In the tightly controlled world of Saudi media, few stories have caught the public imagination more than the sensational claim that the authorities have broken up a huge spy ring.
Saudis were told that the agents, who went on trial this week, were controlled by Iran and had operated for many years in the kingdom, apparently with great success.
Almost all the defendants are Shia from the oil rich Eastern Province where street protests and calls for democratic reform have bubbled up since 2011, and where anger reached fever pitch in January with the execution of a leading cleric and vocal critic of the Saudi regime Sheikh Nimr al-Nimr.
According to the Saudi press, the spy ring handed over sensitive information about military facilities, carried out economic sabotage and incited sectarian hatred. Sleeper cells had been established in several cities, including Mecca and Riyadh. Agents had even met, it was claimed, with Iran’s Supreme Leader Ayatollah Khamenei.
The public prosecutor is seeking the death penalty for most of the 32 alleged spies. But those close to the men who have been charged, and the wider Shia community, see political motives in the arrests. And it doesn’t hurt that the narrative draws attention away from looming subsidy cuts that will hit ordinary Saudis hard.
It is also a distraction from the messy, war in Yemen launched nearly a year ago by Mohammed bin Salman, the Saudi defence minister and favoured son of the King.
Among those detained in March 2013 was Sheikh Badr al-Taleb, whose arrest has shocked his family and friends. He had pursued his religious studies in the Iranian city of Qom before moving to Mecca from his hometown of Saihat in Eastern Province. The 38-year-old father of six had set up a small business, a restaurant, catering to the Shia community and he performed religious duties for his community in Mecca.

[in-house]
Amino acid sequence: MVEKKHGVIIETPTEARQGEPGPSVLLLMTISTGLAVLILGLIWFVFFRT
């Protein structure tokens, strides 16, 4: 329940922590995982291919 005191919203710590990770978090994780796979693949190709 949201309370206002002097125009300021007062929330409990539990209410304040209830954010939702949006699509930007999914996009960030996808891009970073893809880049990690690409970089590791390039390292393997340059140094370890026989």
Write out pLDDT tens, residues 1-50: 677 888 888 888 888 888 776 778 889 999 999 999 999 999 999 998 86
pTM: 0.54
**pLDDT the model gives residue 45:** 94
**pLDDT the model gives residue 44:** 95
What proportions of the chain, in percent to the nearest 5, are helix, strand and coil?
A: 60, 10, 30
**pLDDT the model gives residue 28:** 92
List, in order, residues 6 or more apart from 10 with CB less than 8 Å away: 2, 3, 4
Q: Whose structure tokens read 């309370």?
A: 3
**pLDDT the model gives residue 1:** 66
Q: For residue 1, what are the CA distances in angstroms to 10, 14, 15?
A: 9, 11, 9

“He is a peaceful man, very religious, very gentle, he never spoke about anything political, he never criticised the government,” said a friend, who preferred not to give his name.
The friend said that since the sheikh’s arrest, the family has had very limited access to him. He has been allowed to make phone calls of no more than three minutes duration once or twice a month. When they were able to visit him, he told the family about being burnt with cigarettes, placed in solitary confinement and deprived of sleep for three days. They say he was denied the Koran and, when he was removed from solitary, was placed in a cell with a mentally deranged inmate.
The Saudi authorities did not respond to a request to comment on the allegations of abuse and the withholding of legal rights but they routinely deny such claims, insisting that in all such cases they follow appropriate legal procedures.
Now the families fear that anything they say will be used by the authorities to punish both them and the prisoners. A wall of silence has been created that leaves them feeling isolated and terrified.
When the friend was asked if Western governments should be doing more to intervene he replied: “Of course. They say they support freedom. This is their time to prove it.”Reuse content